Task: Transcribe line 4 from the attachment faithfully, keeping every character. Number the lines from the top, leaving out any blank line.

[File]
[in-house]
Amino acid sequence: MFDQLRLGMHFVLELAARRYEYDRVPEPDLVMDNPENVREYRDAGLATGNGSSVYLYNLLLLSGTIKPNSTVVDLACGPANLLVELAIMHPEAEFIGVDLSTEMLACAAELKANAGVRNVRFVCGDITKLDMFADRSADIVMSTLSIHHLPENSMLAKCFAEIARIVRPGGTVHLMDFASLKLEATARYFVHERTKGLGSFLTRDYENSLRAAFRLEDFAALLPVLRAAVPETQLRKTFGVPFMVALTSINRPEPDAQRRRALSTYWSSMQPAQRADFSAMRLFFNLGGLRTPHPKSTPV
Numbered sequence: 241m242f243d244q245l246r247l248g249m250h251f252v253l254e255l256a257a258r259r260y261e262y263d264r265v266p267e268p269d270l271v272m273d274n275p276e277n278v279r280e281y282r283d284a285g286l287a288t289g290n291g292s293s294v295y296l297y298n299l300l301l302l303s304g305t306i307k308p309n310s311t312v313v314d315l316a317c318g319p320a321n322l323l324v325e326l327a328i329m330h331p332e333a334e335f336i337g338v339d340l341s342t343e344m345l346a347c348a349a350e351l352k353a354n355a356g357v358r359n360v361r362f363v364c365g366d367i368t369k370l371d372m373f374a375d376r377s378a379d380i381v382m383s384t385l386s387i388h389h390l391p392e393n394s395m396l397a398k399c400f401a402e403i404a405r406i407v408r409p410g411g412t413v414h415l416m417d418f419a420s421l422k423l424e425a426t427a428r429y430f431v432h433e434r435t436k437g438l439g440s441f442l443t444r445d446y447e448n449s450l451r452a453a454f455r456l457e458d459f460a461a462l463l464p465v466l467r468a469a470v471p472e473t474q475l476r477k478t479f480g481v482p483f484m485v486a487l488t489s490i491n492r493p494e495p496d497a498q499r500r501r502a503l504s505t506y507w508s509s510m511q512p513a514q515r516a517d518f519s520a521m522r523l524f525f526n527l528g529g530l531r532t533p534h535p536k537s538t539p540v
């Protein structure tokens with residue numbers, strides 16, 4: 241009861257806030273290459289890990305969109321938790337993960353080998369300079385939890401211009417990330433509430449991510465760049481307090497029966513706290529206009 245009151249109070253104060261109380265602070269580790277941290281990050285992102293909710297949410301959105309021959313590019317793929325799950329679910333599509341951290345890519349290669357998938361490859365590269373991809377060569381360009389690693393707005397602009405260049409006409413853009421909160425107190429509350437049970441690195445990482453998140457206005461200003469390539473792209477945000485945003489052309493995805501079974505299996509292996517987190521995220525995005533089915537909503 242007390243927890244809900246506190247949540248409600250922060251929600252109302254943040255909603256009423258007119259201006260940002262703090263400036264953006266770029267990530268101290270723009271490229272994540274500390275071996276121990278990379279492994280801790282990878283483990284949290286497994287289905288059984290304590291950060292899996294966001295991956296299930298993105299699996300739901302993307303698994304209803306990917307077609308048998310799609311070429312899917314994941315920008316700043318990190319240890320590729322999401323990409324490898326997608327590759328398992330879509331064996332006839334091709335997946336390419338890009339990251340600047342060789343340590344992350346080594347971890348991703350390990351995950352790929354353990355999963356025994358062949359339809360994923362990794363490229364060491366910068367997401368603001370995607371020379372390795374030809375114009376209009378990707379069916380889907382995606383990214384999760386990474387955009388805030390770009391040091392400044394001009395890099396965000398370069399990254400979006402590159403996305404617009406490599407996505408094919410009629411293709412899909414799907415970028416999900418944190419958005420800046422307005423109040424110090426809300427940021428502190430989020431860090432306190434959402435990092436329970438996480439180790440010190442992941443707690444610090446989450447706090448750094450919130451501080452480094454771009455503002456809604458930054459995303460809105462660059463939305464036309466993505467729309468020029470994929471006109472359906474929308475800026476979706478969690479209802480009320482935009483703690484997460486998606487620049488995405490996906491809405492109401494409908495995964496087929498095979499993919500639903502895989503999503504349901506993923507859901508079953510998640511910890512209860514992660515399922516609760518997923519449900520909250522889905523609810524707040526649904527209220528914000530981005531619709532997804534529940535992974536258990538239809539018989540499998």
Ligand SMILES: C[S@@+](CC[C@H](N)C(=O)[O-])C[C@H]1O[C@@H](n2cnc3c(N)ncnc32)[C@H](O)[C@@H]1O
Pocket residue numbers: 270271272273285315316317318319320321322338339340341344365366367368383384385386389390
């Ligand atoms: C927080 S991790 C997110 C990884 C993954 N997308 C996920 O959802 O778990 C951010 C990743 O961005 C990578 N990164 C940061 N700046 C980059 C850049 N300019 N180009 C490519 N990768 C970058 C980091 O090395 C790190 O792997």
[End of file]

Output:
């Protein structure tokens with residue numbers, strides 16, 4: 241009861257806030273290459289890990305969109321938790337993960353080998369300079385939890401211009417990330433509430449991510465760049481307090497029966513706290529206009 245009151249109070253104060261109380265602070269580790277941290281990050285992102293909710297949410301959105309021959313590019317793929325799950329679910333599509341951290345890519349290669357998938361490859365590269373991809377060569381360009389690693393707005397602009405260049409006409413853009421909160425107190429509350437049970441690195445990482453998140457206005461200003469390539473792209477945000485945003489052309493995805501079974505299996509292996517987190521995220525995005533089915537909503 242007390243927890244809900246506190247949540248409600250922060251929600252109302254943040255909603256009423258007119259201006260940002262703090263400036264953006266770029267990530268101290270723009271490229272994540274500390275071996276121990278990379279492994280801790282990878283483990284949290286497994287289905288059984290304590291950060292899996294966001295991956296299930298993105299699996300739901302993307303698994304209803306990917307077609308048998310799609311070429312899917314994941315920008316700043318990190319240890320590729322999401323990409324490898326997608327590759328398992330879509331064996332006839334091709335997946336390419338890009339990251340600047342060789343340590344992350346080594347971890348991703350390990351995950352790929354353990355999963356025994358062949359339809360994923362990794363490229364060491366910068367997401368603001370995607371020379372390795374030809375114009376209009378990707379069916380889907382995606383990214384999760386990474387955009388805030390770009391040091392400044394001009395890099396965000398370069399990254400979006402590159403996305404617009406490599407996505408094919410009629411293709412899909414799907415970028416999900418944190419958005420800046422307005423109040424110090426809300427940021428502190430989020431860090432306190434959402435990092436329970438996480439180790440010190442992941443707690444610090446989450447706090448750094450919130451501080452480094454771009455503002456809604458930054459995303460809105462660059463939305464036309466993505467729309468020029470994929471006109472359906474929308475800026476979706478969690479209802480009320482935009483703690484997460486998606487620049488995405490996906491809405492109401494409908495995964496087929498095979499993919500639903502895989503999503504349901506993923507859901508079953510998640511910890512209860514992660515399922516609760518997923519449900520909250522889905523609810524707040526649904527209220528914000530981005531619709532997804534529940535992974536258990538239809539018989540499998």